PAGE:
Wouldn’t it be nice if you could get the full version of Microsoft Word free, or Microsoft Office, for that matter? It’s one of those office productivity tools that has a way of entering your repertoire, because it’s both useful and necessary in many cases.
Sadly, getting Microsoft Word free is not in the cards for most people, unless your company or business already has access to a multi-user subscription. You’re even less likely to gain access if you’re self-employed or work for a smaller company.
Microsoft Office 365 — which is now in the cloud — is about $12.50 a month, or $150 per year, through a subscription-based service. It’s $99.99 per year for a single, “home” license, but that’s still quite a bit of money. You could also get your hands on one of the older versions of the office suite, if you’re so inclined.
While you may not be getting Microsoft Word free, or its counterparts, you can access similar office suites and tools that work just as well, if not better. Here are some of the best alternatives you will find.
WPS Office Free is the low-budget version of the productivity suite, and comes with three apps: Writer, Presentation and Spreadsheets. Writer, obviously, is the word processor analog to Microsoft Word. You’ll also gain access to PDF editing and review tools for handling professional documents.
There are premium versions of the suite, which you can subscribe to if you need additional tools. But if you’re just looking to get Microsoft Word free, this is an excellent option.
If you handle multiple documents at a time, WPS Office has tabbed browsing — like a web browser — which is super-handy. It also supports many document formats, including WPS, DOC, DOCX and many more.
The free version comes with up to 1GB of cloud storage support, allowing you to quickly back up and sync your files to a cloud account. It’s an excellent feature if you ever lose power in the middle of a work session, or if you spend time jumping between machines or locations, such as you would with remote access to a work or office computer.
LibreOffice is more capable than WPS Office in that it includes a full suite of programs. There are six bundled apps: Writer, Calc, Impress, Draw, Math and Base. Writer, as you might expect, is the app you’re going for if you want a Microsoft Word alternative.
One thing you’ll find missing from this suite — as comprehensive as it may be — is a calendar or schedule organizer. That’s where additional apps like Scrivener will come in handy — which, by the way, offers a lengthy free trial if you’re interested.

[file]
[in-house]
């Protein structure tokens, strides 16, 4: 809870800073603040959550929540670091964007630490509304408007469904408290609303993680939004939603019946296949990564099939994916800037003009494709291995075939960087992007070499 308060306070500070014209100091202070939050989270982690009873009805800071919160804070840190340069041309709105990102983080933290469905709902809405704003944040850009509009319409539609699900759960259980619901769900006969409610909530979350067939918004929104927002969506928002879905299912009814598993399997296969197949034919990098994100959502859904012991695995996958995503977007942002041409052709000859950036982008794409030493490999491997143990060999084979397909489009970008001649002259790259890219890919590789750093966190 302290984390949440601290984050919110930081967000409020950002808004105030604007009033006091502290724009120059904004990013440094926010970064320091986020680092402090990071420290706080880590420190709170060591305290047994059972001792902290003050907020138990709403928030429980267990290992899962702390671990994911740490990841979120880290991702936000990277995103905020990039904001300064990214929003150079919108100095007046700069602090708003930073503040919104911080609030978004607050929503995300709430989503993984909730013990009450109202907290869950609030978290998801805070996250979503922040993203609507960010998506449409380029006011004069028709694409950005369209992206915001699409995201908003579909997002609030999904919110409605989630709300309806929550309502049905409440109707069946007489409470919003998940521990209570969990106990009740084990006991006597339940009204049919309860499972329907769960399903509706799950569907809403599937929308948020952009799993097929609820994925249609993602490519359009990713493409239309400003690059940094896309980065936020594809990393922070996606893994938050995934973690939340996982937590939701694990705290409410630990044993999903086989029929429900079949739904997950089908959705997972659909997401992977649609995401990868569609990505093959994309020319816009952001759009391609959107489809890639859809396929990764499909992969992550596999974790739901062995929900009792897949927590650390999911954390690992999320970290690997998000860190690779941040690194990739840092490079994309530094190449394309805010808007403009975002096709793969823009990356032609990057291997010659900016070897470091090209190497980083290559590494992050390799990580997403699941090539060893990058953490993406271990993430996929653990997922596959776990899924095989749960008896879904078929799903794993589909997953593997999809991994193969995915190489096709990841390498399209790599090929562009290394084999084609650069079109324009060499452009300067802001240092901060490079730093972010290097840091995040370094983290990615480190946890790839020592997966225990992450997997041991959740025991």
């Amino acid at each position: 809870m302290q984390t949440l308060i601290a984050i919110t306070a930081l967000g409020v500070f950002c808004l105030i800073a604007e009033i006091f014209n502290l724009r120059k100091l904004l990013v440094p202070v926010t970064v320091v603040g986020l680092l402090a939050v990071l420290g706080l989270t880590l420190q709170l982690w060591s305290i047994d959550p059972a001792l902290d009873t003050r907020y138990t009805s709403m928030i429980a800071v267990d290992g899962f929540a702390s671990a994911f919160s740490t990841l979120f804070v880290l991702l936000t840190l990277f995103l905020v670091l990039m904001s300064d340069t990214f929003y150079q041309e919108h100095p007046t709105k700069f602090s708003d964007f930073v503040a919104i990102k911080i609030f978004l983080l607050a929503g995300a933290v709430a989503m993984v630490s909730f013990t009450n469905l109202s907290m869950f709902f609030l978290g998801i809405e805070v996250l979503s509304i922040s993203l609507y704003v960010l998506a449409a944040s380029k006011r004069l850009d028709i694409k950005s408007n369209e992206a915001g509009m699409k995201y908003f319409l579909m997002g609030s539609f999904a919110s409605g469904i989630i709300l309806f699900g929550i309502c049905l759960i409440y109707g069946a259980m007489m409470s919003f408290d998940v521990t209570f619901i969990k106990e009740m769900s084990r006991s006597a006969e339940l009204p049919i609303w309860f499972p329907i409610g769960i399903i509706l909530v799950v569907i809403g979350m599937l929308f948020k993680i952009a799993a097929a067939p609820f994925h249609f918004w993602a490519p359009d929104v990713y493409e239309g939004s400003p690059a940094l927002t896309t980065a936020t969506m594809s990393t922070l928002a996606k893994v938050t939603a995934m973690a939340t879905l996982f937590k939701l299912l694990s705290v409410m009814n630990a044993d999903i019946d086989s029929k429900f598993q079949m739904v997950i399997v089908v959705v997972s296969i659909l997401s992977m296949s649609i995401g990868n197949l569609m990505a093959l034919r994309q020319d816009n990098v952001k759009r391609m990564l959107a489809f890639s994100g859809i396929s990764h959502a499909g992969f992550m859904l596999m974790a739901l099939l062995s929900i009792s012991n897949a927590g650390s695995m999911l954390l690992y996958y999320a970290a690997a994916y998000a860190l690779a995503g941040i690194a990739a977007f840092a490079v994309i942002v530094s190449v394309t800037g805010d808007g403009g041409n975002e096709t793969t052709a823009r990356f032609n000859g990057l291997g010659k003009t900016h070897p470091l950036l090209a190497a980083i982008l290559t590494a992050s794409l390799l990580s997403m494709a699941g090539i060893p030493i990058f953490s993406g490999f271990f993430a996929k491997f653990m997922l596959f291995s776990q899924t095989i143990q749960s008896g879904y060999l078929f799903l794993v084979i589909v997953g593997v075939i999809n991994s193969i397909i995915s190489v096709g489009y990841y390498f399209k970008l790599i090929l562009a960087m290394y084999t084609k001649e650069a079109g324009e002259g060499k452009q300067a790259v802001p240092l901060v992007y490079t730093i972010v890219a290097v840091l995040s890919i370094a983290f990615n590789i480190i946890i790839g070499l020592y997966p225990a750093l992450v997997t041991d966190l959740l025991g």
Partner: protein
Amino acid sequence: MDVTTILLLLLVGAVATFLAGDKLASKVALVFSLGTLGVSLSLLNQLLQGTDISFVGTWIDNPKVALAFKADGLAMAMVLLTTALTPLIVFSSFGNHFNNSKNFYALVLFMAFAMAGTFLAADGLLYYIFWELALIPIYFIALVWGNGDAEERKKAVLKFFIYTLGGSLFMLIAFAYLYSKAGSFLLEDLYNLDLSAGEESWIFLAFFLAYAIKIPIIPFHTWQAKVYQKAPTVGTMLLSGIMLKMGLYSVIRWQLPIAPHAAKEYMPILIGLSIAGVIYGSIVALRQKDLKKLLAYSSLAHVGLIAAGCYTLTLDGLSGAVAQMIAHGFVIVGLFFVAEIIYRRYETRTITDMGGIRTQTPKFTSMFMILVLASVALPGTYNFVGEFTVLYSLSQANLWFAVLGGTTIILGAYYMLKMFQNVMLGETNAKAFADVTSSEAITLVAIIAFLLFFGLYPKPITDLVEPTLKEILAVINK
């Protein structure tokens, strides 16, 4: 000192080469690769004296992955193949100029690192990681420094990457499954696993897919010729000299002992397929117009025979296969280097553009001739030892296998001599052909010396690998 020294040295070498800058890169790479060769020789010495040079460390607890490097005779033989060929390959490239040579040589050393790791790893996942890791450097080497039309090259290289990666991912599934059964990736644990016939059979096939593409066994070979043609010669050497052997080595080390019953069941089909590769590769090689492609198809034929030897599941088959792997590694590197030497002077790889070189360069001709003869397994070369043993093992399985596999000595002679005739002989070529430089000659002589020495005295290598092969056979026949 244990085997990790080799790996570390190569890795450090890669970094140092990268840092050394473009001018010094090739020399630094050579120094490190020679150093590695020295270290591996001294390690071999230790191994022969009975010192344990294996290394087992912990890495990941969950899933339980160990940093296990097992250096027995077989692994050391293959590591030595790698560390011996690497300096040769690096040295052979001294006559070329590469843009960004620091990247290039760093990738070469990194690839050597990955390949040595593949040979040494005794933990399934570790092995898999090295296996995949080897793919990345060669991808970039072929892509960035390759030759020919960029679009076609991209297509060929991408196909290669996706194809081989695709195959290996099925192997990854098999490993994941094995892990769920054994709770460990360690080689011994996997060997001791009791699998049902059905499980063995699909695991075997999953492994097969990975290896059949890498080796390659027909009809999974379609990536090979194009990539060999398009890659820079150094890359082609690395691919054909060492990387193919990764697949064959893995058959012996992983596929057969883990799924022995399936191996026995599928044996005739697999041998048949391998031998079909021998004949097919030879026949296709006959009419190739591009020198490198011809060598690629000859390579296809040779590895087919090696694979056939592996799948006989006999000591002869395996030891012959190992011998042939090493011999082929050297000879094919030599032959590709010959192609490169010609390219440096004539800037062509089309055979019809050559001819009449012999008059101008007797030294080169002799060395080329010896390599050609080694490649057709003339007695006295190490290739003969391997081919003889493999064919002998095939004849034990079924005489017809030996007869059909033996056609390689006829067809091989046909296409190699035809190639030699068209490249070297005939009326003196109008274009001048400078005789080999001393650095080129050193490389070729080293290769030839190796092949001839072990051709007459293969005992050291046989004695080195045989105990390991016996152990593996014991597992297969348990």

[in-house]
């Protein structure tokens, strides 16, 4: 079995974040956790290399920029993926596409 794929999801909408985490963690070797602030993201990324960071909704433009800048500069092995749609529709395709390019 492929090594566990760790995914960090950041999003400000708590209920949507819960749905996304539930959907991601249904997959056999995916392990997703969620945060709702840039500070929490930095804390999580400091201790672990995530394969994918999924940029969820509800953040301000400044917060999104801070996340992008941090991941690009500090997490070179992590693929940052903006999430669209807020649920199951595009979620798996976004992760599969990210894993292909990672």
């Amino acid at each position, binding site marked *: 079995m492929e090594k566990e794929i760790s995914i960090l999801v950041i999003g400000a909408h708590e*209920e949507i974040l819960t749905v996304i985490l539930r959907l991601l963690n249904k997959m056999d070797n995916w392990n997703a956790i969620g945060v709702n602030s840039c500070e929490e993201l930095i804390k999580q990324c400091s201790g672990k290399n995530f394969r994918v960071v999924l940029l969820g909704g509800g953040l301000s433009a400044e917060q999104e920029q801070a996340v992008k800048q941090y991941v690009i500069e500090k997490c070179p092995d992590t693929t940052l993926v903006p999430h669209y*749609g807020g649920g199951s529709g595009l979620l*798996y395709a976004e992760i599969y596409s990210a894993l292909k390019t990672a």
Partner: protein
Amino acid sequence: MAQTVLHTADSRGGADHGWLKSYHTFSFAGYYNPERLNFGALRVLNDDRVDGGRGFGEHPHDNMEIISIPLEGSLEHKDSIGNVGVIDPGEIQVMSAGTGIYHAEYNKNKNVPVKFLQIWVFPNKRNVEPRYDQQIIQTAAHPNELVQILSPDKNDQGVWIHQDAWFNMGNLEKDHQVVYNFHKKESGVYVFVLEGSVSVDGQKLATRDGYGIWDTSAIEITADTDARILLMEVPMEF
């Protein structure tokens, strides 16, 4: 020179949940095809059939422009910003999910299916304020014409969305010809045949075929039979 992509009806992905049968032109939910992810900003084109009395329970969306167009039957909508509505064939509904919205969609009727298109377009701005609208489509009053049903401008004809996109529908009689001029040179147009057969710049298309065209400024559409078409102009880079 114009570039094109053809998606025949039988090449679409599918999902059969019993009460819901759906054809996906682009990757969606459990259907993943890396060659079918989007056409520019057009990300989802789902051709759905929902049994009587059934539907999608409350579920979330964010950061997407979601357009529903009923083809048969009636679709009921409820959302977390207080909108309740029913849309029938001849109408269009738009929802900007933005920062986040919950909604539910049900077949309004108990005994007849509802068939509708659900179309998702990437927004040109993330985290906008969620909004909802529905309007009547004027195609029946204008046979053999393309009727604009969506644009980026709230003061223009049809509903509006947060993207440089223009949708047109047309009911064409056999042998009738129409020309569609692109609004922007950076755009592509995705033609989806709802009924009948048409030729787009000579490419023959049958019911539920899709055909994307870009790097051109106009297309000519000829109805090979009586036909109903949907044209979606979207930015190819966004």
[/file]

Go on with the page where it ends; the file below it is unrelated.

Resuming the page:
The one thing to note about LibreOffice is that it uses a dated visual UI and theme. If you prefer the older, pre-ribbon style of Microsoft Word, you’ll enjoy it, but if you prefer a more updated and aesthetically pleasing workspace, it could feel jarring.
It’s always free, comes with support for templates and plugins, works with a multitude of file formats and syncs up nicely between in-suite apps. You can easily import a spreadsheet from Calc into your Writer document, for example.
Unfortunately, there’s no cloud support to speak of. You can, however, sync files through Dropbox or OneDrive.
Apache OpenOffice is essentially the same thing as LibreOffice, because the two suites share the same code base.
You’ll notice the similarities right away if you’ve used LibreOffice — the visual UI and style are nearly identical. There’s not much different to speak of, except the development cycle of these two apps. OpenOffice includes all the same features and functionality, so if that’s your concern, just choose the suite you prefer.
Apache OpenOffice has a smaller support team, so it receives content and updates less often — about two times a year. LibreOffice, however, has a much larger team and receives regular updates and more frequent support.
4. Google Docs
Google Docs is, perhaps, the biggest differentiator on this list because it is available entirely in the cloud. If you’re in an area without Internet access, you can still work on your files — they just won’t get synced to the cloud until you get back online. If you’ve ever used a Chromebook, you’ll already be familiar with how this works.
Google Docs is also an option to consider if you’re working with an alternate form of operating system or device, including a computer that uses the Chrome OS. While using Linux OS on your desktop, for example, you can access Google Docs from any browser, so you don’t necessarily need to install another office suite.
Google Docs is the Word alternative, but Google also offers Sheets and Slides. They’re all free to use, and they sync nearly instantly with a connected Google account. You can access every document or file you create in your Google Drive.
As for the Google Docs word processor, it has a basic interface with limited support for add-ons. That said, it’s incredibly reliable and easy to use, especially if you’re well-versed in word processing applications.
Believe it or not, there are a few more alternatives we didn’t include in the list. Dropbox Paper, Etherpad, Zoho, AbiWord, Jarte and SoftMaker FreeOffice are also available if you’re not fond of any of the apps listed here.
The beauty of using an alternative is that you don’t have to pay for a subscription or dish out inordinate amounts of cash, yet you gain access to the same basic features and support. The one thing you will have to keep track of when jumping between them is the file format in which you compose documents.
By default, Word documents come in the DOCX format, which you may need to convert to the default format of your preferred app. You may also need to install a plugin to save to this format if you choose one of the lesser-known suites.
Either way, you’re all set to dive into a free alternative to Microsoft Word.
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